In a previous column I mentioned the Amazon Echo ($179 on Amazon.com) as a useful device for listening to music and podcasts. But, after using the Echo for the past month and hearing others talk about it as CES, I’ve come to the conclusion that it’s far more than that. It’s reminiscent of the voice command computers in Star Trek and Hal, from Arthur C. Clarke’s A Space Odyssey.
I bought the Echo as a music player because I was impressed at how easy it is to use your voice to play songs from your own music library that you’ve uploaded to Amazon music along with the million or so songs on Amazon Prime Music, your Pandora playlists and the podcasts, music and online radio stations on TuneIn and iHeartRadio.
You address the Echo as “Alexa,” Amazon’s persona that’s equivalent to Siri or the OK Google voice commands for Android devices. Amazon also gives you the option to address Echo as “Amazon,” but I prefer calling her Alexa.
The difference between Alexa and its Google and Apple equivalents — for now at least — is that the Echo device is designed as a home appliance that’s always listening and always ready to carry out your command. Even if it’s playing music it can usually understand and follow your voice commands. I have two Echos. One is in my dining area, but it’s sensors are sometimes able to hear me from an adjacent room.
As I was watching a recent Republican presidential debate in my living room, I was curious about the age of the front-runner so I shouted out “Alexa, how old is Donald Trump” and she immediately looked up his age (she has access to Wikipedia) and told me “Donald Trump is 69 years old.”
My other Echo is in my bedroom and, just about every night before bed, I ask her to read aloud my schedule for the next day, which she knows because I connected her with my Google calendar. I then tell her what time to wake me up the next morning and, if I’m having trouble sleeping after the lights are out, I ask her to play some soft music and tell her to stop playing after 30 minutes or so. If I wake up in middle of night and wonder what time it is, I can say “Alexa, what time is it” without having to turn on the light and put on my glasses to look at the clock. In the morning, I ask Alexa for a weather report and she can also report on commute traffic.
You can also use Echo to listen to books from Audible or have it read your Kindle books aloud. Alexa can control home appliances via a number of home automation platforms including WeMo, Philips Hue, Samsung SmartThings, Wink and Insteon. I sometimes turn on a space heater or a fan before I go to bed and like the ability to turn it off in the middle of the night by voice instead of having to turn on the light to operate a remote control or a switch on the device itself.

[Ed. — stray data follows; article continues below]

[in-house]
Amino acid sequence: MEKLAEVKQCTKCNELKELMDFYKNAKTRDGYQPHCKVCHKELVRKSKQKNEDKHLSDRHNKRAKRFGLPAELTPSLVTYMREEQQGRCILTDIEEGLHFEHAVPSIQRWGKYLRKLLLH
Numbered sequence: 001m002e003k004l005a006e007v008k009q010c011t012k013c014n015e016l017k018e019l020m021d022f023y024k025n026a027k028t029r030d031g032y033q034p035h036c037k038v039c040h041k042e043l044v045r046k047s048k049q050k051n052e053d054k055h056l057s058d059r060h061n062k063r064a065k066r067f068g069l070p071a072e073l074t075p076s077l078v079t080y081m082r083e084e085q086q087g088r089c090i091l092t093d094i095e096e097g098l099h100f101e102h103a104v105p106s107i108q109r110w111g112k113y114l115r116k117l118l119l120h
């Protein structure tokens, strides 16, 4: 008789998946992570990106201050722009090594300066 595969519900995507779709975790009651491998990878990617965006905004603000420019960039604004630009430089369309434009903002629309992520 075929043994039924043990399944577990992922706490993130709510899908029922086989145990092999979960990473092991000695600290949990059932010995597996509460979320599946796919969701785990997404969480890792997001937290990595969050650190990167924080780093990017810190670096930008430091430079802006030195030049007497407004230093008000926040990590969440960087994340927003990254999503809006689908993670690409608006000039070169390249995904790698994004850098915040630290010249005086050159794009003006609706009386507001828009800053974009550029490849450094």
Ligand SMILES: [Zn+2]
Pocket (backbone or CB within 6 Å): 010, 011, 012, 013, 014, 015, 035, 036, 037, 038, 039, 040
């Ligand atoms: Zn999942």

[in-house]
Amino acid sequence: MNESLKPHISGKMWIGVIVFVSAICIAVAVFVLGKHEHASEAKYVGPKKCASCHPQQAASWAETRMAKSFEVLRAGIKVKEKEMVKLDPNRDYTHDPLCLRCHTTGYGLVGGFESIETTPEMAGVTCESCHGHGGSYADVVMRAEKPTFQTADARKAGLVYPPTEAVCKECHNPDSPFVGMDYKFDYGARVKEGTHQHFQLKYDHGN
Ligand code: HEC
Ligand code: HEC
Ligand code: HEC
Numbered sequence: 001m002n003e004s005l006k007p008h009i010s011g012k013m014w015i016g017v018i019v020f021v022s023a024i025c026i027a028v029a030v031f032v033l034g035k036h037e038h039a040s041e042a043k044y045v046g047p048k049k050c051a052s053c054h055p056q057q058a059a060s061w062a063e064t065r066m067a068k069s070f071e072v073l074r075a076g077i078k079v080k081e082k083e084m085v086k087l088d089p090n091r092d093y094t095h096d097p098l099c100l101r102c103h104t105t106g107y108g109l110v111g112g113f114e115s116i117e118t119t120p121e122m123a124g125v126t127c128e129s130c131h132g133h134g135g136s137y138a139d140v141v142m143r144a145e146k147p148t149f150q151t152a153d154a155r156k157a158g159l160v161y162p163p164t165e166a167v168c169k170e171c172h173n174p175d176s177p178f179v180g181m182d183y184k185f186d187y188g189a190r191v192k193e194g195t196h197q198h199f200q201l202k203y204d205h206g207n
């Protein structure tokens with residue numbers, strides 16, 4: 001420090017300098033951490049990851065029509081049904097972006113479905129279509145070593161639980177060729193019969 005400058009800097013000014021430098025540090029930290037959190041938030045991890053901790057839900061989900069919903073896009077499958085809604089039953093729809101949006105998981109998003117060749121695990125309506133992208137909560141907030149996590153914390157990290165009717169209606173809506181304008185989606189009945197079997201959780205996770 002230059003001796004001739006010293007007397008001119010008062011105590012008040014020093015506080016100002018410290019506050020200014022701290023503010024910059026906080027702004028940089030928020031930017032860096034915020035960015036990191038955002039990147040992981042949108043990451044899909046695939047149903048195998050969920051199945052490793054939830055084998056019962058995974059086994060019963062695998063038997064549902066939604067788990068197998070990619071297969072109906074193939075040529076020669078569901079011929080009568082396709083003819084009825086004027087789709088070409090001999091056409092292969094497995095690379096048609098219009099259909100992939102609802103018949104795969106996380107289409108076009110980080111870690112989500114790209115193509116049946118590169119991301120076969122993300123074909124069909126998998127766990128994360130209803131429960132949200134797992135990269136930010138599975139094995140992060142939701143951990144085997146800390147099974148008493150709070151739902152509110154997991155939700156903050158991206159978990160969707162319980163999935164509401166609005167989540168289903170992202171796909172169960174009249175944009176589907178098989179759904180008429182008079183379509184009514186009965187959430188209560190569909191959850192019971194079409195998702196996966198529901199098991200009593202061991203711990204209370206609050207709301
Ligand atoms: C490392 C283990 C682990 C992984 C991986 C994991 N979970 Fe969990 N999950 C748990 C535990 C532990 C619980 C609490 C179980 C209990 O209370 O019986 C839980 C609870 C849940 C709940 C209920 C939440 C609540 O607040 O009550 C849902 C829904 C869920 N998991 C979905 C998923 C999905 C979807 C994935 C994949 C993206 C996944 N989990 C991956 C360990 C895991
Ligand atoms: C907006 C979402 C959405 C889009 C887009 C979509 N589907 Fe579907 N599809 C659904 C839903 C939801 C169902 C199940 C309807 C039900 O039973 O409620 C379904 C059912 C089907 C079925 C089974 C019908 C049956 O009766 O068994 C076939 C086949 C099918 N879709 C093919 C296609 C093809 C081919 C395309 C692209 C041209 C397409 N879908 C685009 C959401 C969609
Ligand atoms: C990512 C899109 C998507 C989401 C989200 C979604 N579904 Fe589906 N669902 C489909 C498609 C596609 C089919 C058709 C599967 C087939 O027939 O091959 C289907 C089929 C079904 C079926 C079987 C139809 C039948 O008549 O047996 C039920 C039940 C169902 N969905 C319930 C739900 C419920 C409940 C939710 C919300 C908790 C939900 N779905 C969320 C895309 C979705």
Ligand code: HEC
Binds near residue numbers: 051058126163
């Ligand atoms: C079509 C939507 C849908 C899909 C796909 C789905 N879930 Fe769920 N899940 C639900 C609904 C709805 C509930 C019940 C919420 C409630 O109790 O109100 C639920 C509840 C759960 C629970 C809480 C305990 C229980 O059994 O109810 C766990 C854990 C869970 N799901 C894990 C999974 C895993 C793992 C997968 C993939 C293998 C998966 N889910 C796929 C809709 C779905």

Amazon didn’t have a booth at the recent CES technology show in Las Vegas but lots of vendors were there supporting the Echo and Alexa. Ford, for example, announced that it will soon be possible to use the Echo to remotely unlock or start your car from your home as well as to use Alexa commands from your car to turn on your home’s lights or while driving.
Vivint, which makes home security products, announced that you can now use Alexa to control their devices so you can lock or unlock your doors, for example, with the sound of your voice. Vivint also allows you to use Alexa to control Nest appliances, which is ironic since Nest is owned by Google, which, almost certainly, will eventually have its own voice enabled home control systems.
The current Echo device has its flaws. Although the 360 degree single speaker is pretty good for its size, there are far better speaker systems available but the Echo sadly lacks a headphone jack or Bluetooth support for external speakers. And there is no battery. though there are rumors that a portable Echo will be announced soon.
Hopefully, Amazon is thinking way beyond its current offering, towards a family of products built around Alexa.
And, of course, Amazon is far from alone. Apple is aggressively working to expand Siri’s repertoire of skills at home and in the car. As it is, Siri is already able to recognize voice commands in the background, even if the iOS device is running another app, so an iPhone or iPad can already perform some of the Echo’s tricks. Google is working hard to improve its own speech recognition that I use every day to get my phone to make calls, look up driving directions and search the web without having to even tough the screen.
I have no doubt that voice recognition is going to get even better over the next decade and help usher in all sorts of new devices as well as better and easier ways to control the devices we now have. It’s so great to see Star Trek technology come to life but I’m still waiting for my transporter teleportation system to “beam me up.” If it ever is invented, its persona will, of course, be named “Scotty.”